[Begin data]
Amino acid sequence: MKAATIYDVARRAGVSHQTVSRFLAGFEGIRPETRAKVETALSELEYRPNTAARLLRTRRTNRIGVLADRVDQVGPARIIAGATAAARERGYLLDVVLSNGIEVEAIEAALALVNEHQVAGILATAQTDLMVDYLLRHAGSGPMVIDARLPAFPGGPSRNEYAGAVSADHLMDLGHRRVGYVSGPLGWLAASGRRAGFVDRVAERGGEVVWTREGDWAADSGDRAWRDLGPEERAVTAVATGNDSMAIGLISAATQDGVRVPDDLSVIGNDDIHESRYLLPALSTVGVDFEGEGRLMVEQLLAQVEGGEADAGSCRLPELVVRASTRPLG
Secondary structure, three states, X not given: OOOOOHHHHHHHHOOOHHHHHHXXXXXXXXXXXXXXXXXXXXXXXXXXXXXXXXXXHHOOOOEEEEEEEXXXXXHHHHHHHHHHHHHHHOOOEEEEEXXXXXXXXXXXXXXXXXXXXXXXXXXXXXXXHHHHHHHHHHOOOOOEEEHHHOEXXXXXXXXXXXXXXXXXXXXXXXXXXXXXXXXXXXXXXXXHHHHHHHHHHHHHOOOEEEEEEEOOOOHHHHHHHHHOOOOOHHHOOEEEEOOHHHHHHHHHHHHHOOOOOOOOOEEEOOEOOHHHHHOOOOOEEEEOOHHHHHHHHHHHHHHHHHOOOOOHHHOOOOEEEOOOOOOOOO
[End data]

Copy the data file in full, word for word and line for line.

Amino acid sequence: MKAATIYDVARRAGVSHQTVSRFLAGFEGIRPETRAKVETALSELEYRPNTAARLLRTRRTNRIGVLADRVDQVGPARIIAGATAAARERGYLLDVVLSNGIEVEAIEAALALVNEHQVAGILATAQTDLMVDYLLRHAGSGPMVIDARLPAFPGGPSRNEYAGAVSADHLMDLGHRRVGYVSGPLGWLAASGRRAGFVDRVAERGGEVVWTREGDWAADSGDRAWRDLGPEERAVTAVATGNDSMAIGLISAATQDGVRVPDDLSVIGNDDIHESRYLLPALSTVGVDFEGEGRLMVEQLLAQVEGGEADAGSCRLPELVVRASTRPLG
Secondary structure, three states, X not given: OOOOOHHHHHHHHOOOHHHHHHXXXXXXXXXXXXXXXXXXXXXXXXXXXXXXXXXXHHOOOOEEEEEEEXXXXXHHHHHHHHHHHHHHHOOOEEEEEXXXXXXXXXXXXXXXXXXXXXXXXXXXXXXXHHHHHHHHHHOOOOOEEEHHHOEXXXXXXXXXXXXXXXXXXXXXXXXXXXXXXXXXXXXXXXXHHHHHHHHHHHHHOOOEEEEEEEOOOOHHHHHHHHHOOOOOHHHOOEEEEOOHHHHHHHHHHHHHOOOOOOOOOEEEOOEOOHHHHHOOOOOEEEEOOHHHHHHHHHHHHHHHHHOOOOOHHHOOOOEEEOOOOOOOOO